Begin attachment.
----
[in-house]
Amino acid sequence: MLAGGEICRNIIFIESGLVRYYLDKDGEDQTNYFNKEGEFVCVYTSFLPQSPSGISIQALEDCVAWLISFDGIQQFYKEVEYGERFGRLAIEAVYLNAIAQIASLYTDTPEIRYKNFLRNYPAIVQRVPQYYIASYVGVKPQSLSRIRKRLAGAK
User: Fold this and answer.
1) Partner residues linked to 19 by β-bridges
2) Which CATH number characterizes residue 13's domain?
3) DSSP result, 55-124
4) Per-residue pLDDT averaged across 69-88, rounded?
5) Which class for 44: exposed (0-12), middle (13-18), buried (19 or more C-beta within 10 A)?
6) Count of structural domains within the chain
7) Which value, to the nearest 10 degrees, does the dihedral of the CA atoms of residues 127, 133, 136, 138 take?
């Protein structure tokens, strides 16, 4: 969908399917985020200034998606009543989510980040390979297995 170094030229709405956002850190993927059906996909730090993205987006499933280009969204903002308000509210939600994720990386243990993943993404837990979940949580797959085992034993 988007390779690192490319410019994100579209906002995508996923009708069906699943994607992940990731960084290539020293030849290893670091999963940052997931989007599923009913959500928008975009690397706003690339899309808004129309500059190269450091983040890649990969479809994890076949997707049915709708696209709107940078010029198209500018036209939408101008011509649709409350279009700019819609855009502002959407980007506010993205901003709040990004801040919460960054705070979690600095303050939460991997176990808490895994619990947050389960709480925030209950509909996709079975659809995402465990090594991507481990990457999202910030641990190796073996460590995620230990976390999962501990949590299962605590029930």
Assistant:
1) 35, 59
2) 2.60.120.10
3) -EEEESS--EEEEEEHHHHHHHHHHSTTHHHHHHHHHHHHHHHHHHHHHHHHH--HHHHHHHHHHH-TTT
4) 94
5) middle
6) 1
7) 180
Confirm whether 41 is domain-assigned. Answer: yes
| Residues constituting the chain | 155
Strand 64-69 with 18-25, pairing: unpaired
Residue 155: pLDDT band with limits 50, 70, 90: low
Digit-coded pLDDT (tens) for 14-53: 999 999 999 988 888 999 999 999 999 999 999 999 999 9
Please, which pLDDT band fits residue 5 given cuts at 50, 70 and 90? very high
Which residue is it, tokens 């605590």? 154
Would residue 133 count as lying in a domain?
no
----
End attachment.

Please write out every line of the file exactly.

[in-house]
Amino acid sequence: MLAGGEICRNIIFIESGLVRYYLDKDGEDQTNYFNKEGEFVCVYTSFLPQSPSGISIQALEDCVAWLISFDGIQQFYKEVEYGERFGRLAIEAVYLNAIAQIASLYTDTPEIRYKNFLRNYPAIVQRVPQYYIASYVGVKPQSLSRIRKRLAGAK
User: Fold this and answer.
1) Partner residues linked to 19 by β-bridges
2) Which CATH number characterizes residue 13's domain?
3) DSSP result, 55-124
4) Per-residue pLDDT averaged across 69-88, rounded?
5) Which class for 44: exposed (0-12), middle (13-18), buried (19 or more C-beta within 10 A)?
6) Count of structural domains within the chain
7) Which value, to the nearest 10 degrees, does the dihedral of the CA atoms of residues 127, 133, 136, 138 take?
């Protein structure tokens, strides 16, 4: 969908399917985020200034998606009543989510980040390979297995 170094030229709405956002850190993927059906996909730090993205987006499933280009969204903002308000509210939600994720990386243990993943993404837990979940949580797959085992034993 988007390779690192490319410019994100579209906002995508996923009708069906699943994607992940990731960084290539020293030849290893670091999963940052997931989007599923009913959500928008975009690397706003690339899309808004129309500059190269450091983040890649990969479809994890076949997707049915709708696209709107940078010029198209500018036209939408101008011509649709409350279009700019819609855009502002959407980007506010993205901003709040990004801040919460960054705070979690600095303050939460991997176990808490895994619990947050389960709480925030209950509909996709079975659809995402465990090594991507481990990457999202910030641990190796073996460590995620230990976390999962501990949590299962605590029930």
Assistant:
1) 35, 59
2) 2.60.120.10
3) -EEEESS--EEEEEEHHHHHHHHHHSTTHHHHHHHHHHHHHHHHHHHHHHHHH--HHHHHHHHHHH-TTT
4) 94
5) middle
6) 1
7) 180
Confirm whether 41 is domain-assigned. Answer: yes
| Residues constituting the chain | 155
Strand 64-69 with 18-25, pairing: unpaired
Residue 155: pLDDT band with limits 50, 70, 90: low
Digit-coded pLDDT (tens) for 14-53: 999 999 999 988 888 999 999 999 999 999 999 999 999 9
Please, which pLDDT band fits residue 5 given cuts at 50, 70 and 90? very high
Which residue is it, tokens 């605590």? 154
Would residue 133 count as lying in a domain?
no